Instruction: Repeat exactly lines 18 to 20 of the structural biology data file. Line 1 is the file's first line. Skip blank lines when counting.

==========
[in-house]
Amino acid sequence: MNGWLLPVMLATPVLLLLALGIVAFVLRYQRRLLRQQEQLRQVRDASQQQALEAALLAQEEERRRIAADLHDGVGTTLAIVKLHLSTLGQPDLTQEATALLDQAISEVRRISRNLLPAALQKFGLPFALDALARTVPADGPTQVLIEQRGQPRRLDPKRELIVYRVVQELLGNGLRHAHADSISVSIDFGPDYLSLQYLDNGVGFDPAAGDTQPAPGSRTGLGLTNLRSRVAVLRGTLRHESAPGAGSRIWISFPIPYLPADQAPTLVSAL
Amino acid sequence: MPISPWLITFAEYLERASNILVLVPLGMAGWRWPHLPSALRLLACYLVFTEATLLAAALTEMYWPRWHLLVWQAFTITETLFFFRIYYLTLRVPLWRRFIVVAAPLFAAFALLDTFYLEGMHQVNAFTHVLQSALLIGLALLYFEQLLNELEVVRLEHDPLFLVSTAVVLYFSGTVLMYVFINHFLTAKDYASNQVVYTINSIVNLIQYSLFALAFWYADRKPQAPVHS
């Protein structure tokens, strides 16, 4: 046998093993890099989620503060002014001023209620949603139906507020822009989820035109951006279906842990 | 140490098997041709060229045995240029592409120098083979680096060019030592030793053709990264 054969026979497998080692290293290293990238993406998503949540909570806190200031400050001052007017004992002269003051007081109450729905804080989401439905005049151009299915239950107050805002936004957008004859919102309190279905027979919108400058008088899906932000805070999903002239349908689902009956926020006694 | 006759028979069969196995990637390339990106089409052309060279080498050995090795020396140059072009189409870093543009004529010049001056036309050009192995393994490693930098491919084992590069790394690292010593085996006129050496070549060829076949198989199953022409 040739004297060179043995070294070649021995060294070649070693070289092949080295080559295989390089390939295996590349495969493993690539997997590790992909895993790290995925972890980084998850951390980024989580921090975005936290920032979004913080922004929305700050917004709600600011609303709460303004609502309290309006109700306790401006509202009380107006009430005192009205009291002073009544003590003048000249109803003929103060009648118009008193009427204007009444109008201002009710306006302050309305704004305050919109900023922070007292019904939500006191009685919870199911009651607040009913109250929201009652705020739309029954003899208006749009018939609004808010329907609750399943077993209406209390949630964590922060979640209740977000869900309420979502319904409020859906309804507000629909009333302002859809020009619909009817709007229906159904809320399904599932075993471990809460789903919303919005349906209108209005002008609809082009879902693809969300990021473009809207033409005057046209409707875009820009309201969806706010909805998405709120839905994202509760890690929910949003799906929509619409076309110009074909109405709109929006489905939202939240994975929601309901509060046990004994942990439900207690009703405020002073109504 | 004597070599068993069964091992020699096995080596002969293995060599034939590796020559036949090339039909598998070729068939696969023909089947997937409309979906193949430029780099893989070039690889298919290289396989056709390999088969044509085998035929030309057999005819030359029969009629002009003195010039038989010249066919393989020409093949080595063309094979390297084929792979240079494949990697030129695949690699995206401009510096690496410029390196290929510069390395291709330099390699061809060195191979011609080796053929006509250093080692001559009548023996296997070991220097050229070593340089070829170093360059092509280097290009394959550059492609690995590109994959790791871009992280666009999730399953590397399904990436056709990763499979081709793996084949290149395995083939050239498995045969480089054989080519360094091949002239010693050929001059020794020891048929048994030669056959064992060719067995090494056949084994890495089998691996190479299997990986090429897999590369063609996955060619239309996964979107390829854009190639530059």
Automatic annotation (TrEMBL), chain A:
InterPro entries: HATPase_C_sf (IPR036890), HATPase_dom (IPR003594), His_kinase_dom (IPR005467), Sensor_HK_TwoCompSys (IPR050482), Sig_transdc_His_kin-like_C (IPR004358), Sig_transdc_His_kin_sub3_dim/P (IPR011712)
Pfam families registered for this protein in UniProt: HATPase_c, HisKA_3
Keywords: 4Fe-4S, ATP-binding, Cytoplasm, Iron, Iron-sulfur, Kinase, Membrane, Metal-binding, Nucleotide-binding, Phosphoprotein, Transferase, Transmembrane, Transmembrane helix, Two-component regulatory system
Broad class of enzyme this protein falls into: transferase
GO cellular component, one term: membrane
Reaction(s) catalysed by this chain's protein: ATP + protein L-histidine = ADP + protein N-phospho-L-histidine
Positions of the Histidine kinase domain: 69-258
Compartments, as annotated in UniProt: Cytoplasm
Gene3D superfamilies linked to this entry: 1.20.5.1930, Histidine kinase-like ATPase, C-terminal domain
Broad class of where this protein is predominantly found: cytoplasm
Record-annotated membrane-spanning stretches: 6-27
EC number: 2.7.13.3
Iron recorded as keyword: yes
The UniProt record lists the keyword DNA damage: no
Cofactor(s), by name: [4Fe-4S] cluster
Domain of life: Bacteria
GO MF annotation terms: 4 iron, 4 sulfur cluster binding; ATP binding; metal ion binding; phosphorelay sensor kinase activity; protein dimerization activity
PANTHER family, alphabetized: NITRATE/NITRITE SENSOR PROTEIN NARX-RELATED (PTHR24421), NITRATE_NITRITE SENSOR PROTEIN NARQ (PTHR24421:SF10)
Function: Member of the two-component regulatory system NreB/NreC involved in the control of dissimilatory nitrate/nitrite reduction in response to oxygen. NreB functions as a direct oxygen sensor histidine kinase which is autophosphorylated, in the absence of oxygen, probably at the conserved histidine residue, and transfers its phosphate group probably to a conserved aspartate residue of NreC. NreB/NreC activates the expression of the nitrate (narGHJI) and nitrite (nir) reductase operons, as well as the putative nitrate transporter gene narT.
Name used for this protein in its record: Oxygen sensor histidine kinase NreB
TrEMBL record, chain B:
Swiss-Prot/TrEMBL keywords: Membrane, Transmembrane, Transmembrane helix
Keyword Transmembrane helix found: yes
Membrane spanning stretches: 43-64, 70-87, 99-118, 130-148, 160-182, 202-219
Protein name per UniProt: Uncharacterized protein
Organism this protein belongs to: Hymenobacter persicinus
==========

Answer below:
Iron recorded as keyword: yes
The UniProt record lists the keyword DNA damage: no
Cofactor(s), by name: [4Fe-4S] cluster